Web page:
All true. At younger ages, DD was always an infielder because she was just better at it than most everyone else. We worked at it...a lot. At 12U, I started playing her in the OF during games, and spending a large part of our individual practice time on OF skills. Now, as a HS-aged player, she still plays IF, but because she's an effective OF, she sits so rarely that we laugh about it when that happens. The coach's kid is the stereotype that plays SS, pitches, and bats high in the order (regardless of performance). She's a bit of a trainwreck in the OF because she rarely plays there or works on those skills. The thing is that the coach really wants his kid to play in college, but her athletic ability signals "outfield" in bright neon lights. She's a good SS and often an effective pitcher, but she might not compete well at either position at the college level. However, she'd be an outstanding OF, if she worked on it.I don't think it's even a rare thing. By definition, coaches are invested. They've probably been practicing with their own kid 3x a week for years, just because they enjoy it. Even a kid who's not naturally talented will do pretty well with all the extra practice they're probably putting in. My DH only head coached for two years, and my DD would've enjoyed playing more outfield. She got to play very little, because he needed her at SS. Coach's kid playing SS, gasp! She also used to pitch! Double-gasp! But she was good, and earned it.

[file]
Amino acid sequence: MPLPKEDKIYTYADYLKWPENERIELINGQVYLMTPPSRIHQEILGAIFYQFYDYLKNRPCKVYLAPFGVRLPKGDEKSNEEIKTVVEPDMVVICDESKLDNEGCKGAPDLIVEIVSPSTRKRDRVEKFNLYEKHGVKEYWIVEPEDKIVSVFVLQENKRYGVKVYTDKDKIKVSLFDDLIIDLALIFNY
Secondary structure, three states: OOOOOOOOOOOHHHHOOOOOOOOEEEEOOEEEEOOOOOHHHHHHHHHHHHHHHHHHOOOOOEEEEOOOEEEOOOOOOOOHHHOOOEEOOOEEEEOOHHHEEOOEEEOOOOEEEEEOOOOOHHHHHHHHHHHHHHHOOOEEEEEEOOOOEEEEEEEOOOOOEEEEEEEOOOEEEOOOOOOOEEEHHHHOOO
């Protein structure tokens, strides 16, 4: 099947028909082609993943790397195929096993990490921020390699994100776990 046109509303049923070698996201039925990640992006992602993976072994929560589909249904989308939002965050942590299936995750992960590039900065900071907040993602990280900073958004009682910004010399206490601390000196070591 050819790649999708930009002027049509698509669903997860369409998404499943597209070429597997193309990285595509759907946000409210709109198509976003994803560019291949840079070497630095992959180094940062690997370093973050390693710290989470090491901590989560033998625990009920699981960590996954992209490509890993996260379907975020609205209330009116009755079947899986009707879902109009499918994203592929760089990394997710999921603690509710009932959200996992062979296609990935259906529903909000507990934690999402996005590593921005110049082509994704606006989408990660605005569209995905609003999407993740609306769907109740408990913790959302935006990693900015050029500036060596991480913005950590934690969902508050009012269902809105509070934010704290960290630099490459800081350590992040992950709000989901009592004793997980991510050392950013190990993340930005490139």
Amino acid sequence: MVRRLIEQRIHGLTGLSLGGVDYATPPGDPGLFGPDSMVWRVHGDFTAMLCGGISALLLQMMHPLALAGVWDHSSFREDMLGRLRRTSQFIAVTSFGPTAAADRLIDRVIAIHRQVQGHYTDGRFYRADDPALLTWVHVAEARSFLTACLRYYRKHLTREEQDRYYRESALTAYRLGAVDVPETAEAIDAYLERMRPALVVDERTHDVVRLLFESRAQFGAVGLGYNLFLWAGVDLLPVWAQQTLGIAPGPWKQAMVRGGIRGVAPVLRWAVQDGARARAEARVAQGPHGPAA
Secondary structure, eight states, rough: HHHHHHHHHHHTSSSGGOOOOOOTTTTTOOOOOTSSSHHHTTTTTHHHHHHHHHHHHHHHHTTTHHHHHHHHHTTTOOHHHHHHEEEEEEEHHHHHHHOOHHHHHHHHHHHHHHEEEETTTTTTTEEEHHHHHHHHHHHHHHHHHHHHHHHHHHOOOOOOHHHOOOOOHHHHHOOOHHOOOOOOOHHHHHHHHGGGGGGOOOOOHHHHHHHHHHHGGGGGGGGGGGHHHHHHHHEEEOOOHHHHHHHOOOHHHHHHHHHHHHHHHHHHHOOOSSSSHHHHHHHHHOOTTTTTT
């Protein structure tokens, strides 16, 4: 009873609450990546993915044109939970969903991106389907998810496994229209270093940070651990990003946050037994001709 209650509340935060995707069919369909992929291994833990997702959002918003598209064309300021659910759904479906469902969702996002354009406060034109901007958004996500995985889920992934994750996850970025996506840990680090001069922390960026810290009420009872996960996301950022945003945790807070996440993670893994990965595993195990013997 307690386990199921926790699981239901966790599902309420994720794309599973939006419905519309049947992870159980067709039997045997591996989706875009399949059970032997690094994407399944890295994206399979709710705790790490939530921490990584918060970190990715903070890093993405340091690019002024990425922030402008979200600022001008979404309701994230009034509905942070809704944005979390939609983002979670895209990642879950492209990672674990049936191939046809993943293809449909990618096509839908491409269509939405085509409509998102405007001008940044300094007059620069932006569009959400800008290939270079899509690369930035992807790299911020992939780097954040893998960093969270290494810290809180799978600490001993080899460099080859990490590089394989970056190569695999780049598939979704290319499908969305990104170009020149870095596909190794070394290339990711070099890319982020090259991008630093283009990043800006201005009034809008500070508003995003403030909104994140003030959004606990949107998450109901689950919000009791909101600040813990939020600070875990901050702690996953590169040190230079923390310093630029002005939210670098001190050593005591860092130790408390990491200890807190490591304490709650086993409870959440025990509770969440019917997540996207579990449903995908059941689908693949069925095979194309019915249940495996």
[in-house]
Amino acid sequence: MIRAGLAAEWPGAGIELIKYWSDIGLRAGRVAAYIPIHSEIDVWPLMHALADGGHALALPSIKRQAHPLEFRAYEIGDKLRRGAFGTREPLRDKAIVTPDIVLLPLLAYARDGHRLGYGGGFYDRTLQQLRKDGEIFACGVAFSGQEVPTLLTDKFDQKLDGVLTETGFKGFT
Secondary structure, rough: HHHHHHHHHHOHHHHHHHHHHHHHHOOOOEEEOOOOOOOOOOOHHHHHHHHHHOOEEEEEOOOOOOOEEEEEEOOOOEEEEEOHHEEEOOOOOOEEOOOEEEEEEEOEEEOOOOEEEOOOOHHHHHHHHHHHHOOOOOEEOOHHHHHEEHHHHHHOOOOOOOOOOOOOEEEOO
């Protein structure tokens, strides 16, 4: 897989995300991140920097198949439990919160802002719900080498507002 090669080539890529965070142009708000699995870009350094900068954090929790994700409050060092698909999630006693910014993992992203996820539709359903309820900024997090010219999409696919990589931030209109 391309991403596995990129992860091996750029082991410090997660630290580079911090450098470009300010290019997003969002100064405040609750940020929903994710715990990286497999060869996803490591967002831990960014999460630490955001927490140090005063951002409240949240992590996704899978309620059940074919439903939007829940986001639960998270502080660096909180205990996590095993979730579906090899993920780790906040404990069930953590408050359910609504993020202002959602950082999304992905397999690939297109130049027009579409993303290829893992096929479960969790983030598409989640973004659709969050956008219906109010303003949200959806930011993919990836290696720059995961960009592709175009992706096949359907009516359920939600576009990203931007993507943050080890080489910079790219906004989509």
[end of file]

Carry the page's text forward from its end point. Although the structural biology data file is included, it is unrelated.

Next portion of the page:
The same has been true for other dad coaches she's played for. The trend I've noticed, if there is one, is that some of these dads tend to be harder on their own kids. Their kids have been hard workers and good ball players.
DD played for a non-parent coach in first year 10U. He was very knowledgeable. She learned a lot from him. But he had just come through 18U and did not have a very good rapport with 9 year olds. I think for 14U and older he was probably great.
Sometimes, coaches do a disservice to their favored position players by not getting them the work they need to succeed over the long term.